Another big wow, running through early November, is “Visual Magic: Dali’s Masterworks in Augmented Reality (AR).” Curators relocated eight large-scale pieces into a darkened room where—using a downloaded app or museum headset—you’ll get an unprecedented AR docent-like explanation of the complex imagery.
Of course, the Dali Museum is one of many in St. Pete, where the growing arts scene will soon welcome another standout: The Museum of the American Arts and Crafts Movement, set to open this December with some 2,000 works—think turn-of-the-century furniture, pottery, tile and photography—from the world-renowned collection of philanthropist Rodolfo “Rudy” Ciccarello.
The local festivals are a world unto themselves
Let’s start with the festival formerly known as Clearwater Beach Uncorked, because it’s being reborn this year as Savor St. Pete Festival (Nov. 2-3). Beyond the festival’s amazing eats, local craft beers and award-winning wines, expect a celeb sighting or two.
There are plenty of longstanding festivals you’ll love, too. Take Gulfport’s homage to Florida’s beloved unofficial mascot: GeckoFest (Aug. 31) serves up live music on two stages; food and crafts plus a veritable circus of performers, from aerialist to escape artists.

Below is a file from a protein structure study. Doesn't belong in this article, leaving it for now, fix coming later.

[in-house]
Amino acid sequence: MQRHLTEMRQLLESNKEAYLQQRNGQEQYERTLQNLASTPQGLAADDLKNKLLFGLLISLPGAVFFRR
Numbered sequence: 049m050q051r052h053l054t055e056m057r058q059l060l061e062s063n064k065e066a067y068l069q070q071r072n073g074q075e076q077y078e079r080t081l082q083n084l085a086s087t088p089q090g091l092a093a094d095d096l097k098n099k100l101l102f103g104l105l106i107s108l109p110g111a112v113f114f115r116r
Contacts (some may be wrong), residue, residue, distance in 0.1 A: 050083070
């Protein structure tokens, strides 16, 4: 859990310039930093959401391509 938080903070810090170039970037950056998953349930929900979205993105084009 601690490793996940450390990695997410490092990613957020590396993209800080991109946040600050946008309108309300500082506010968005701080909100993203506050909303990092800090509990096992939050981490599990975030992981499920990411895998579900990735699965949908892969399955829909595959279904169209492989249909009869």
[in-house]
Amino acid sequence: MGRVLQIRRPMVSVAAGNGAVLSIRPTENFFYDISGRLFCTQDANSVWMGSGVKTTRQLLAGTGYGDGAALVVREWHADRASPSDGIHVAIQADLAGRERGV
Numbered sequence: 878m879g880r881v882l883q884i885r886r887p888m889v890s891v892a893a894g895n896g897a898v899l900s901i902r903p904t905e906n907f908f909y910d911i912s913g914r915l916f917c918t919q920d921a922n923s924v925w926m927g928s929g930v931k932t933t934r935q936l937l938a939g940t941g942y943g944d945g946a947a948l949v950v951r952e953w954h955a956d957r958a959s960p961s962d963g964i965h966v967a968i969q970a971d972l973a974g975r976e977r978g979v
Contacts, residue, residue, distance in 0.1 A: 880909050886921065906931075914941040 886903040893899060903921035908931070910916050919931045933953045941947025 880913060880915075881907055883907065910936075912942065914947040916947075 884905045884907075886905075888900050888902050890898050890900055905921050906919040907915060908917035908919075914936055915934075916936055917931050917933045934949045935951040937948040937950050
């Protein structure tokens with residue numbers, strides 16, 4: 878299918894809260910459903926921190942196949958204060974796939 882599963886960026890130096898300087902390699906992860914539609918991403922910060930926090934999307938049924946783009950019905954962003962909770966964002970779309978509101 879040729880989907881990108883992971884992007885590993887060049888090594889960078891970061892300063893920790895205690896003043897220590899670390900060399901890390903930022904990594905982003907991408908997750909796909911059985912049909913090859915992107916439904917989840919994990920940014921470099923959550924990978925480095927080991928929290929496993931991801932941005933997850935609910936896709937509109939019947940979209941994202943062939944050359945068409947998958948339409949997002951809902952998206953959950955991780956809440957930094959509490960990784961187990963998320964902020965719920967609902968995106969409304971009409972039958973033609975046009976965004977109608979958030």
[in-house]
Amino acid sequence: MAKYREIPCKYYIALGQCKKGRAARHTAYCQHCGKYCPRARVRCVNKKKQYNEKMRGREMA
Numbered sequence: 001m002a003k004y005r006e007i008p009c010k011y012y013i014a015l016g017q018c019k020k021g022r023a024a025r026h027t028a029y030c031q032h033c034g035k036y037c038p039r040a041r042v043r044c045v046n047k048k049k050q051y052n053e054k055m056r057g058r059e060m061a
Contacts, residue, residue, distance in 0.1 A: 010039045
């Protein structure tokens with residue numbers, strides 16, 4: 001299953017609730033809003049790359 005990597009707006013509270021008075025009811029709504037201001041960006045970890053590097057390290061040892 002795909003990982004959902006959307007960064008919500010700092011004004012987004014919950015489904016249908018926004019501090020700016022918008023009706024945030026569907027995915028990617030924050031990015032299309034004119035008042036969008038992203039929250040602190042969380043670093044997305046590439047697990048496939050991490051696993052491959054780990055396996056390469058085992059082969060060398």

Then there’s the Clearwater Jazz Holiday (Oct. 17-20), a world-class musical extravaganza in 18 acts—and not just jazz. This year’s lineup ranges from Alison Krauss to Boyz II Men—plus fireworks.
Or go see what happens when 40 top chalk artists get their hands on the Beach Walk of South Clearwater Beach: The Clearwater Beach Chalk Art Festival (Oct. 18-20) always produces mind-boggling 3-D masterpieces.
Not to be outdone, the artists on hand for the Sanding Ovations Master's Cup (Nov. 20-24) will compete for sand sculpture supremacy on Treasure Island. In addition to their jaw-dropping creations, there will be live music, food, and an area for little sand sculptors in training to take lessons.
And because beach weather and the holidays aren’t mutually exclusive here, there’s another outdoor festival that starts around the same time as Sanding Ovations: the new Enchant Christmas at St. Pete’s Tropicana Field (Nov. 22 - Dec. 29), where you’ll find a Christmas market, ice-skating trail (seriously)—and the world's largest illuminated Christmas maze.
Everything old is new again
Three of the area’s grande dame hotels have gotten fabulous facelifts, and you’ll want to check out (or check into) the resulting rooms. Topping the list is St. Pete Beach's "Pink Palace by the Sea," the Don CeSar, whose multi-stage renovation is underway with a refresh of The Lobby Bar, Maritana Grille, Uncle Andy’s, the Don CeSar Shops and the Beach House Suites outdoor space—all set to debut in November.
Meanwhile, another St. Pete landmark with a signature pink façade—the Vinoy—recently revealed a redesign that includes elaborate frescos, a modern décor and roomier digs.
Five miles up the coast from Clearwater, in increasingly less sleepy Dunedin, sprawls the Fenway Hotel, a 1920s-era landmark that has served as everything from a private club to a college campus to a minor-league baseball team’s HQ. The newest incarnation—as of late last year—is an 83-room Autograph Collection hotel, where you’ll find a rooftop bar, live jazz and an expansive bay-side lawn with yoga and tai chi.